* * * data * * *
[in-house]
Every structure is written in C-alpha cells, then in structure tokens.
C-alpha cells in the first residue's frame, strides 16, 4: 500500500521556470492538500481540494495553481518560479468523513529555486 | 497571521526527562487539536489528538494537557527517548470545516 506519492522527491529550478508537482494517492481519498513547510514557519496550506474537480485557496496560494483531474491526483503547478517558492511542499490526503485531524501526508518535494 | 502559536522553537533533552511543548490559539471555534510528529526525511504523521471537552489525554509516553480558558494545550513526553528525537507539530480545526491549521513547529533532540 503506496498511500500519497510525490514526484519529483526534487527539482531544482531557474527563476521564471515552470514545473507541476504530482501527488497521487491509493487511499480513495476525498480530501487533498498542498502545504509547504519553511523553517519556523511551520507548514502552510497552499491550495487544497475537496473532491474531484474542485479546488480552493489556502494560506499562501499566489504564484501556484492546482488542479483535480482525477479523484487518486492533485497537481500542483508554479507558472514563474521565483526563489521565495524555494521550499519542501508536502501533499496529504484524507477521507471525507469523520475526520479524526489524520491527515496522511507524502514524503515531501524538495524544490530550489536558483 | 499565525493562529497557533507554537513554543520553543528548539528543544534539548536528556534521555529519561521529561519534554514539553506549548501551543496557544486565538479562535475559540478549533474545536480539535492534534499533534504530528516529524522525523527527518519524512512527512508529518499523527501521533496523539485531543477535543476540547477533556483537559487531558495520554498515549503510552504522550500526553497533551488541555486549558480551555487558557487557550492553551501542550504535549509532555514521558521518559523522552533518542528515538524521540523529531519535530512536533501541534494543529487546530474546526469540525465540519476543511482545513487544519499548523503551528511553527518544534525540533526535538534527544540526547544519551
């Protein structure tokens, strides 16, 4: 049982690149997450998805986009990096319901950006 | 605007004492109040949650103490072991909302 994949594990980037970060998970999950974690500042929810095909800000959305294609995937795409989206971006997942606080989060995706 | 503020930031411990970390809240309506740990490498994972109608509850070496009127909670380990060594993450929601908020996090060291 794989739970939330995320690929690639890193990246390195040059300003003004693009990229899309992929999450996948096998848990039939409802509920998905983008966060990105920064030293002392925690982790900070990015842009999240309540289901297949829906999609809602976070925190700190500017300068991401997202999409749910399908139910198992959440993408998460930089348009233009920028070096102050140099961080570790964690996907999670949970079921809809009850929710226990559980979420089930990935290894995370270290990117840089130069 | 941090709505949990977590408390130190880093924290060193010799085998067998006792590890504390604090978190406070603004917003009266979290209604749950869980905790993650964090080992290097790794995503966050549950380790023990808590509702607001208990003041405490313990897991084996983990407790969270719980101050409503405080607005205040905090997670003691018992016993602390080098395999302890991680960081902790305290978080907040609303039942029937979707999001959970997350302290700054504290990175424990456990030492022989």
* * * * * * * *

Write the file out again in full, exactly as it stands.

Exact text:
[in-house]
Every structure is written in C-alpha cells, then in structure tokens.
C-alpha cells in the first residue's frame, strides 16, 4: 500500500521556470492538500481540494495553481518560479468523513529555486 | 497571521526527562487539536489528538494537557527517548470545516 506519492522527491529550478508537482494517492481519498513547510514557519496550506474537480485557496496560494483531474491526483503547478517558492511542499490526503485531524501526508518535494 | 502559536522553537533533552511543548490559539471555534510528529526525511504523521471537552489525554509516553480558558494545550513526553528525537507539530480545526491549521513547529533532540 503506496498511500500519497510525490514526484519529483526534487527539482531544482531557474527563476521564471515552470514545473507541476504530482501527488497521487491509493487511499480513495476525498480530501487533498498542498502545504509547504519553511523553517519556523511551520507548514502552510497552499491550495487544497475537496473532491474531484474542485479546488480552493489556502494560506499562501499566489504564484501556484492546482488542479483535480482525477479523484487518486492533485497537481500542483508554479507558472514563474521565483526563489521565495524555494521550499519542501508536502501533499496529504484524507477521507471525507469523520475526520479524526489524520491527515496522511507524502514524503515531501524538495524544490530550489536558483 | 499565525493562529497557533507554537513554543520553543528548539528543544534539548536528556534521555529519561521529561519534554514539553506549548501551543496557544486565538479562535475559540478549533474545536480539535492534534499533534504530528516529524522525523527527518519524512512527512508529518499523527501521533496523539485531543477535543476540547477533556483537559487531558495520554498515549503510552504522550500526553497533551488541555486549558480551555487558557487557550492553551501542550504535549509532555514521558521518559523522552533518542528515538524521540523529531519535530512536533501541534494543529487546530474546526469540525465540519476543511482545513487544519499548523503551528511553527518544534525540533526535538534527544540526547544519551
């Protein structure tokens, strides 16, 4: 049982690149997450998805986009990096319901950006 | 605007004492109040949650103490072991909302 994949594990980037970060998970999950974690500042929810095909800000959305294609995937795409989206971006997942606080989060995706 | 503020930031411990970390809240309506740990490498994972109608509850070496009127909670380990060594993450929601908020996090060291 794989739970939330995320690929690639890193990246390195040059300003003004693009990229899309992929999450996948096998848990039939409802509920998905983008966060990105920064030293002392925690982790900070990015842009999240309540289901297949829906999609809602976070925190700190500017300068991401997202999409749910399908139910198992959440993408998460930089348009233009920028070096102050140099961080570790964690996907999670949970079921809809009850929710226990559980979420089930990935290894995370270290990117840089130069 | 941090709505949990977590408390130190880093924290060193010799085998067998006792590890504390604090978190406070603004917003009266979290209604749950869980905790993650964090080992290097790794995503966050549950380790023990808590509702607001208990003041405490313990897991084996983990407790969270719980101050409503405080607005205040905090997670003691018992016993602390080098395999302890991680960081902790305290978080907040609303039942029937979707999001959970997350302290700054504290990175424990456990030492022989």